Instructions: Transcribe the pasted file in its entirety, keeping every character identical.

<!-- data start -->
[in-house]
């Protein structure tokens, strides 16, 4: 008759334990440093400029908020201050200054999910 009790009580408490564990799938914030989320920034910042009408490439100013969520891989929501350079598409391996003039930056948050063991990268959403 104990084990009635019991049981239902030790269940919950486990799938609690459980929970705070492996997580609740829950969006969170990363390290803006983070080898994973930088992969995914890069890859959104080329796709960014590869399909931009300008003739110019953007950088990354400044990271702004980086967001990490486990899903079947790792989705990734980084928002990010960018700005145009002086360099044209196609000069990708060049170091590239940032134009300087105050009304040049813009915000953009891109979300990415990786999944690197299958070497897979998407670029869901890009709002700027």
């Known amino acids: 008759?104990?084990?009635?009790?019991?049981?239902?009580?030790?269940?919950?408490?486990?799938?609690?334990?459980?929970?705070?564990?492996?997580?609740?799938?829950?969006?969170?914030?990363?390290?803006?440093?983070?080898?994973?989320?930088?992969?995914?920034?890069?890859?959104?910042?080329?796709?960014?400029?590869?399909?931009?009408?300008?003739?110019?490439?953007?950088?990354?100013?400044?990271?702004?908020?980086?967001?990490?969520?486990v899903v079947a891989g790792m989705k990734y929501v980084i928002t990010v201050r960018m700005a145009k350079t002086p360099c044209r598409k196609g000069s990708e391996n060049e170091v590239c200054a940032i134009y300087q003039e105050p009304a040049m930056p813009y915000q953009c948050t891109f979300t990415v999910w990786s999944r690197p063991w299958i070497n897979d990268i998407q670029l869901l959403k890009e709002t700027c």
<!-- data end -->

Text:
[in-house]
């Protein structure tokens, strides 16, 4: 008759334990440093400029908020201050200054999910 009790009580408490564990799938914030989320920034910042009408490439100013969520891989929501350079598409391996003039930056948050063991990268959403 104990084990009635019991049981239902030790269940919950486990799938609690459980929970705070492996997580609740829950969006969170990363390290803006983070080898994973930088992969995914890069890859959104080329796709960014590869399909931009300008003739110019953007950088990354400044990271702004980086967001990490486990899903079947790792989705990734980084928002990010960018700005145009002086360099044209196609000069990708060049170091590239940032134009300087105050009304040049813009915000953009891109979300990415990786999944690197299958070497897979998407670029869901890009709002700027």
């Known amino acids: 008759?104990?084990?009635?009790?019991?049981?239902?009580?030790?269940?919950?408490?486990?799938?609690?334990?459980?929970?705070?564990?492996?997580?609740?799938?829950?969006?969170?914030?990363?390290?803006?440093?983070?080898?994973?989320?930088?992969?995914?920034?890069?890859?959104?910042?080329?796709?960014?400029?590869?399909?931009?009408?300008?003739?110019?490439?953007?950088?990354?100013?400044?990271?702004?908020?980086?967001?990490?969520?486990v899903v079947a891989g790792m989705k990734y929501v980084i928002t990010v201050r960018m700005a145009k350079t002086p360099c044209r598409k196609g000069s990708e391996n060049e170091v590239c200054a940032i134009y300087q003039e105050p009304a040049m930056p813009y915000q953009c948050t891109f979300t990415v999910w990786s999944r690197p063991w299958i070497n897979d990268i998407q670029l869901l959403k890009e709002t700027c």